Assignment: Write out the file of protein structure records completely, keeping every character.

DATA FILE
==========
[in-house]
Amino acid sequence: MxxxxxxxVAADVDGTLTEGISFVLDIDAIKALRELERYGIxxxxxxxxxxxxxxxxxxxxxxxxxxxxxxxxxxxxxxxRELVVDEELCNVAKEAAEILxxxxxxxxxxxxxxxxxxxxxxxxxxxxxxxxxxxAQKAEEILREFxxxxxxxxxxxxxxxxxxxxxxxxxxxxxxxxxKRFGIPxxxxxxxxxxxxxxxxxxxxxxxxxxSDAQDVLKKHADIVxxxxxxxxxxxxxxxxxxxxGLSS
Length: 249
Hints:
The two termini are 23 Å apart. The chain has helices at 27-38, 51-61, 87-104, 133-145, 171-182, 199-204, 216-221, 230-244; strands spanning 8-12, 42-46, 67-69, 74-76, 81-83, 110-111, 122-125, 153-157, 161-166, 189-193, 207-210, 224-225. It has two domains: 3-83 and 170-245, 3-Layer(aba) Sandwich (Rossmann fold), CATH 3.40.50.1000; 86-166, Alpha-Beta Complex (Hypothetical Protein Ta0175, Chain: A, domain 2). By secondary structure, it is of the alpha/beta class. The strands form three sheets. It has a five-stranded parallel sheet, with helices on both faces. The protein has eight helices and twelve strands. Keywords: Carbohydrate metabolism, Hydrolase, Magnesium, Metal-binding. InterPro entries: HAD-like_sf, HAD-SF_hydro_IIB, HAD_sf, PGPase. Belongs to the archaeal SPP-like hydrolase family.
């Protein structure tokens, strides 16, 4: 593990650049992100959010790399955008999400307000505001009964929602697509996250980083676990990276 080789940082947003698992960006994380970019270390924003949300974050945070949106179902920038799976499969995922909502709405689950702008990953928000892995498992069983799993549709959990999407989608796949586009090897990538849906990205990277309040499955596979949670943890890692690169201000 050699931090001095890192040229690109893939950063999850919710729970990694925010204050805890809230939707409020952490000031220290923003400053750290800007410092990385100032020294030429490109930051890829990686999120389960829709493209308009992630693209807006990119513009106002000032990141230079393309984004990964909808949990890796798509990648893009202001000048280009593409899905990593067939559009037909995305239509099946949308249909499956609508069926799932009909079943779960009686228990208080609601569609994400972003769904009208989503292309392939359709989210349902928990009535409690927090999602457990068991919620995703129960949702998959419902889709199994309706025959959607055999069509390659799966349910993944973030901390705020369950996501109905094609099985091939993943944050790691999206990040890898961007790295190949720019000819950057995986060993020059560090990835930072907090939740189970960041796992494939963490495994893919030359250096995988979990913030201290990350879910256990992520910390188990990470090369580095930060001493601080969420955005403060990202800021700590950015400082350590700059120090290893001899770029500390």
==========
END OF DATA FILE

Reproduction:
[in-house]
Amino acid sequence: MxxxxxxxVAADVDGTLTEGISFVLDIDAIKALRELERYGIxxxxxxxxxxxxxxxxxxxxxxxxxxxxxxxxxxxxxxxRELVVDEELCNVAKEAAEILxxxxxxxxxxxxxxxxxxxxxxxxxxxxxxxxxxxAQKAEEILREFxxxxxxxxxxxxxxxxxxxxxxxxxxxxxxxxxKRFGIPxxxxxxxxxxxxxxxxxxxxxxxxxxSDAQDVLKKHADIVxxxxxxxxxxxxxxxxxxxxGLSS
Length: 249
Hints:
The two termini are 23 Å apart. The chain has helices at 27-38, 51-61, 87-104, 133-145, 171-182, 199-204, 216-221, 230-244; strands spanning 8-12, 42-46, 67-69, 74-76, 81-83, 110-111, 122-125, 153-157, 161-166, 189-193, 207-210, 224-225. It has two domains: 3-83 and 170-245, 3-Layer(aba) Sandwich (Rossmann fold), CATH 3.40.50.1000; 86-166, Alpha-Beta Complex (Hypothetical Protein Ta0175, Chain: A, domain 2). By secondary structure, it is of the alpha/beta class. The strands form three sheets. It has a five-stranded parallel sheet, with helices on both faces. The protein has eight helices and twelve strands. Keywords: Carbohydrate metabolism, Hydrolase, Magnesium, Metal-binding. InterPro entries: HAD-like_sf, HAD-SF_hydro_IIB, HAD_sf, PGPase. Belongs to the archaeal SPP-like hydrolase family.
């Protein structure tokens, strides 16, 4: 593990650049992100959010790399955008999400307000505001009964929602697509996250980083676990990276 080789940082947003698992960006994380970019270390924003949300974050945070949106179902920038799976499969995922909502709405689950702008990953928000892995498992069983799993549709959990999407989608796949586009090897990538849906990205990277309040499955596979949670943890890692690169201000 050699931090001095890192040229690109893939950063999850919710729970990694925010204050805890809230939707409020952490000031220290923003400053750290800007410092990385100032020294030429490109930051890829990686999120389960829709493209308009992630693209807006990119513009106002000032990141230079393309984004990964909808949990890796798509990648893009202001000048280009593409899905990593067939559009037909995305239509099946949308249909499956609508069926799932009909079943779960009686228990208080609601569609994400972003769904009208989503292309392939359709989210349902928990009535409690927090999602457990068991919620995703129960949702998959419902889709199994309706025959959607055999069509390659799966349910993944973030901390705020369950996501109905094609099985091939993943944050790691999206990040890898961007790295190949720019000819950057995986060993020059560090990835930072907090939740189970960041796992494939963490495994893919030359250096995988979990913030201290990350879910256990992520910390188990990470090369580095930060001493601080969420955005403060990202800021700590950015400082350590700059120090290893001899770029500390």